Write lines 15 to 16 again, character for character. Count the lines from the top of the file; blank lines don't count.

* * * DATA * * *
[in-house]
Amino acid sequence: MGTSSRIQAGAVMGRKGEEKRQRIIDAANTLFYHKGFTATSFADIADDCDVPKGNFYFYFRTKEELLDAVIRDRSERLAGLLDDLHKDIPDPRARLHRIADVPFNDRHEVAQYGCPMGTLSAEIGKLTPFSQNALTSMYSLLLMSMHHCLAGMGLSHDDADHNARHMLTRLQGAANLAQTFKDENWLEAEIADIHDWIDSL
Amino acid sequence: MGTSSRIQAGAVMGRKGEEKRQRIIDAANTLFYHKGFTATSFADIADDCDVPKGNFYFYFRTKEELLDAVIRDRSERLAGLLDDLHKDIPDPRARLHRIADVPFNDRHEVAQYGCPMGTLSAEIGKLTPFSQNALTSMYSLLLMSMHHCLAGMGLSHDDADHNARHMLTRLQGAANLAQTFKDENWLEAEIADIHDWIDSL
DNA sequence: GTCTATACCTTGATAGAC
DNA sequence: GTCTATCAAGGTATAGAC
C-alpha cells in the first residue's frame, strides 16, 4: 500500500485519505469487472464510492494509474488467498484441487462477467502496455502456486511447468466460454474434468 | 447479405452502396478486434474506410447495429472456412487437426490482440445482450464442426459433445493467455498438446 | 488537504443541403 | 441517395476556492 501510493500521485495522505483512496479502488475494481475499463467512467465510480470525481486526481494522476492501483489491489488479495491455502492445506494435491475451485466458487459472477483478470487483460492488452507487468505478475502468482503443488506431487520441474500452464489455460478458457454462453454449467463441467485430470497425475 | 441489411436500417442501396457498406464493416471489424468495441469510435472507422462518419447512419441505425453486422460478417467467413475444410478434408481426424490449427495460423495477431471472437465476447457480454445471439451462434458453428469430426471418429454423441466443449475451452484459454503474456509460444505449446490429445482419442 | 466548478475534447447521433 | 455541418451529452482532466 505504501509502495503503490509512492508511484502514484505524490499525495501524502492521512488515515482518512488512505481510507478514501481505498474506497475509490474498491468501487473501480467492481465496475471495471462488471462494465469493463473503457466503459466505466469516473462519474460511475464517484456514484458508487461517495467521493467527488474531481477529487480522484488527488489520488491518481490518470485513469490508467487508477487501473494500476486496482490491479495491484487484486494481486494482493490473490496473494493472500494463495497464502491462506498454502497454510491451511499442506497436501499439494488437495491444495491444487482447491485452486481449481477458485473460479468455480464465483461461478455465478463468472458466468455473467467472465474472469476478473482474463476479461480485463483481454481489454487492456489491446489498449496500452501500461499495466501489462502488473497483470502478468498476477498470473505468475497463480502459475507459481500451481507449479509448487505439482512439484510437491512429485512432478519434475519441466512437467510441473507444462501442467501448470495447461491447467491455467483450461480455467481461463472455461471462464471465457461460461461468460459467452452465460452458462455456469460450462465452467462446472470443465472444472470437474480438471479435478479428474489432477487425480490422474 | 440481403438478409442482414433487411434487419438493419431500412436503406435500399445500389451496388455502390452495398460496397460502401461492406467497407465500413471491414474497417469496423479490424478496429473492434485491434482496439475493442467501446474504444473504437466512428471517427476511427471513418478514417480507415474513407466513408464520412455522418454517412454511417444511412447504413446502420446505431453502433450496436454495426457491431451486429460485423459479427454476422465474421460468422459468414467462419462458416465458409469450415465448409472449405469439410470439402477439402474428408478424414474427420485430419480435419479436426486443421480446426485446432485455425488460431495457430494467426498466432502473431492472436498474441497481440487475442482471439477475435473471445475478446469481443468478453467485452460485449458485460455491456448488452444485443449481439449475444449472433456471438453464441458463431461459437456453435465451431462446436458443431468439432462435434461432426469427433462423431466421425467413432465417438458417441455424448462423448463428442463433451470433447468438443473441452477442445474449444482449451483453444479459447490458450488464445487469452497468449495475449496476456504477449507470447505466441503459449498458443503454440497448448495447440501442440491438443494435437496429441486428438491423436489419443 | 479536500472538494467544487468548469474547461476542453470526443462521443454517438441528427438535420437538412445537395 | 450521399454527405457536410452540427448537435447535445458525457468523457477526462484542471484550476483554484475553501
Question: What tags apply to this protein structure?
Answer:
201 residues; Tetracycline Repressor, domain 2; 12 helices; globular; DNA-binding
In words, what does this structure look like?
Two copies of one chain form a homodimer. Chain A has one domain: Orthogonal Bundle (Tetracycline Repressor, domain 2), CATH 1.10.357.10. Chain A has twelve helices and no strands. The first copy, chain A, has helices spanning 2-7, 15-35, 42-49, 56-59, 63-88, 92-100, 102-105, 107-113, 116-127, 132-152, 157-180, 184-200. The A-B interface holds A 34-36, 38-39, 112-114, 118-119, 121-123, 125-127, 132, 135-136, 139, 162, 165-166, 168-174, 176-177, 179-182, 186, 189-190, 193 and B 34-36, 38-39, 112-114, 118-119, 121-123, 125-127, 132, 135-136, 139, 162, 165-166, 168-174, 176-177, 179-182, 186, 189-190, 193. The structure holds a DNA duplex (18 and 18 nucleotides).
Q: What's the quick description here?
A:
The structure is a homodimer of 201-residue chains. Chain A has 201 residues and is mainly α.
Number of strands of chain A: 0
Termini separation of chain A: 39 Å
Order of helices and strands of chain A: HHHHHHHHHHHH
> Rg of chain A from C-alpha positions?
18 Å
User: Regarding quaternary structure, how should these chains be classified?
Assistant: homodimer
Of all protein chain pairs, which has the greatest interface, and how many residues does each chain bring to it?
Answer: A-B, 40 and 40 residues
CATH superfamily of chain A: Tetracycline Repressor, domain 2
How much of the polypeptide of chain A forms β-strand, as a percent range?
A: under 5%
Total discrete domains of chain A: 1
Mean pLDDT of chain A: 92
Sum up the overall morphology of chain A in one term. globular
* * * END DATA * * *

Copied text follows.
Number of strands of chain A: 0
Termini separation of chain A: 39 Å